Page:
Om virtuel undervisning
NOTE: Denne artikel er skrevet og udviklet før statsminister Mette Frederiksens meddelelse om af alle skoler og uddannelsesinstitutioner lukker fra mandag d. 16 marts 2020. I den forbindelse vil jeg gerne gøre opmærksom på, at forløbet literary circles oplagt kan gennemføres som virtuel undervising.
- Hver gruppe opretter et delt online dokument, hvor alle skriftlige opgaver modtages og afleveres
- Grupper på 4-5 elever kan mødes hjemme eller gennemføre deres literary circle via skype eller messenger
- Bøger kan bestilles hjem og afhentes på skolen i små partier. Eller man kan benytte ebøger.
- Student Responsibility Cards kan printes og udleveres sammen med bøger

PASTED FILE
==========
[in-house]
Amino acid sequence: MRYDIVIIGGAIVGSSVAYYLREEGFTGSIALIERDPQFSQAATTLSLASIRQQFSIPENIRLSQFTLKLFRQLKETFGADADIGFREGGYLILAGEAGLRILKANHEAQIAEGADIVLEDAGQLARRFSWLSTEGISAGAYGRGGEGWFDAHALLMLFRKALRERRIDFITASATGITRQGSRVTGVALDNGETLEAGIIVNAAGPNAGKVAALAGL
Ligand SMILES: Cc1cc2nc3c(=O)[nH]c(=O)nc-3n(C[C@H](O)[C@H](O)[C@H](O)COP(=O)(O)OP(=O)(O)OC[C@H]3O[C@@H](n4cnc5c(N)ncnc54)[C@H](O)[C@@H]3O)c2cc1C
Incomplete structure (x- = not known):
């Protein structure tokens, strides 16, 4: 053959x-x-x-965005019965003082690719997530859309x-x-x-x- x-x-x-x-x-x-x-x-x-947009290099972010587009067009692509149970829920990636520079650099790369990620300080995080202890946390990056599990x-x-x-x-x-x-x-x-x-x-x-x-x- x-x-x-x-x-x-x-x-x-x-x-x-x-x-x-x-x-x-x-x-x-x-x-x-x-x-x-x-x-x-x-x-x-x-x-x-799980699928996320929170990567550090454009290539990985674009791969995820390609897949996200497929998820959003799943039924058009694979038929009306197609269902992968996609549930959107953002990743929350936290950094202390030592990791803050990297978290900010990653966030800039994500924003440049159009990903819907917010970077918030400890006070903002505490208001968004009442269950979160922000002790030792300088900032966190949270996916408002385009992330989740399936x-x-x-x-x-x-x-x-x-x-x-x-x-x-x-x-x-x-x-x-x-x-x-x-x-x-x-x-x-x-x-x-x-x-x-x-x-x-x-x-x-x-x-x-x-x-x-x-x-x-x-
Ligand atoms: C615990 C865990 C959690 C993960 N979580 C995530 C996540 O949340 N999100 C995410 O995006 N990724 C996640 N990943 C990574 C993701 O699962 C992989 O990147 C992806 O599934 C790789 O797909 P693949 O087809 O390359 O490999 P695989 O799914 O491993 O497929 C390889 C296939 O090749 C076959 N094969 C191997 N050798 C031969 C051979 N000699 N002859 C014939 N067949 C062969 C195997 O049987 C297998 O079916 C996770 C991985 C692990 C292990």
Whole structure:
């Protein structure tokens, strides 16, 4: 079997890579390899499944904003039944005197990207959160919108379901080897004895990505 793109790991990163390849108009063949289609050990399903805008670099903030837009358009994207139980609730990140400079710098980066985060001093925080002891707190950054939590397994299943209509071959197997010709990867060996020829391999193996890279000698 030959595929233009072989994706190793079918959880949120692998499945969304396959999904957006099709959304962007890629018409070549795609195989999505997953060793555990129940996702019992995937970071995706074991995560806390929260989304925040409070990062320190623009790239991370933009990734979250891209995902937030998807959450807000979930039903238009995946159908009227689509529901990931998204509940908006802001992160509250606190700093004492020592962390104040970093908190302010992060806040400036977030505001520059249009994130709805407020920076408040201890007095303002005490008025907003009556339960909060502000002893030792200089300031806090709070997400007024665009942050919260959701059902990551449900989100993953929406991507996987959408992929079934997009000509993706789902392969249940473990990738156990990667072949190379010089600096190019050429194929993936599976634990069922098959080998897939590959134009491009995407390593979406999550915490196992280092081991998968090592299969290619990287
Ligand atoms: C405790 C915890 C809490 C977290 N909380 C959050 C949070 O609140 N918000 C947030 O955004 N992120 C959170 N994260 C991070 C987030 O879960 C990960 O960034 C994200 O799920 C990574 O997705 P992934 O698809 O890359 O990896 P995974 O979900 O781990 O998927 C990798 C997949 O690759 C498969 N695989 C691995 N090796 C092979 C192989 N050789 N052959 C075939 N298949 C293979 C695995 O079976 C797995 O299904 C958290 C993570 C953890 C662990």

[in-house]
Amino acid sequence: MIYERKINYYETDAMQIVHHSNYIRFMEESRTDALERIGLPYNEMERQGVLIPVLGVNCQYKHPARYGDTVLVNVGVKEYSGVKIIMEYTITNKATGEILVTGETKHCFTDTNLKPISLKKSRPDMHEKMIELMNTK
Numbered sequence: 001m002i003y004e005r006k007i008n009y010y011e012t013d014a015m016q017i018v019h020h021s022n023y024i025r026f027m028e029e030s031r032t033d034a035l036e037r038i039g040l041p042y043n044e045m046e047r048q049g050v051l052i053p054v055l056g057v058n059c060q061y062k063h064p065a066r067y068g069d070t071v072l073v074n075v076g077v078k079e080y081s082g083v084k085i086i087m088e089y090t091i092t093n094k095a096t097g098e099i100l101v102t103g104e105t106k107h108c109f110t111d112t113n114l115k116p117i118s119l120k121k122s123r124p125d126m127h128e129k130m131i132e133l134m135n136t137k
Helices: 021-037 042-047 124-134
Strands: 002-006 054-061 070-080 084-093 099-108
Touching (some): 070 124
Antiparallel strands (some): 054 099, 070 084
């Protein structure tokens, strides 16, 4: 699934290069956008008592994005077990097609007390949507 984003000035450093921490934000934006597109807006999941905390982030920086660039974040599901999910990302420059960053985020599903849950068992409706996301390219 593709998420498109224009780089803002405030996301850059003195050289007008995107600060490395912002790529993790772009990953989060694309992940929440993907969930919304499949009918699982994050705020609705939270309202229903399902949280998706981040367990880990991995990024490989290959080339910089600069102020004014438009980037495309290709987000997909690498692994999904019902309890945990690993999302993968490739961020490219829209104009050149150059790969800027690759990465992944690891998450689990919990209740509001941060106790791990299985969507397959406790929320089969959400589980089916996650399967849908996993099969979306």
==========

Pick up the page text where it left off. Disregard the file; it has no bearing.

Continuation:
- Alt materiale til gennemførelse af literary circles kan dowloades her på bloggen
Og nu det egentlige indlæg
Literary Circles never cease to amaze me. As a framework for engaging students in reading, it is hands down the most varied and consistently positive I have ever tried. In a generation of reluctant readers, most students jump at the chance to immerse themselves in a novel and have intelligent conversations about them in class. Just take a moment to consider the spread and motivations behind book selections in these literary circles:
- 1984 by George Orwell (We want to read a classic)
- Turtles All the Way Down by John Green (It sounds really good)
- The Underground Railroad by Colson Whitehead (It’s such an interesting take on slavery)
- Harry Potter and the Deathly Hallows by J.K. Rowling (I’ve always wanted to read it in English)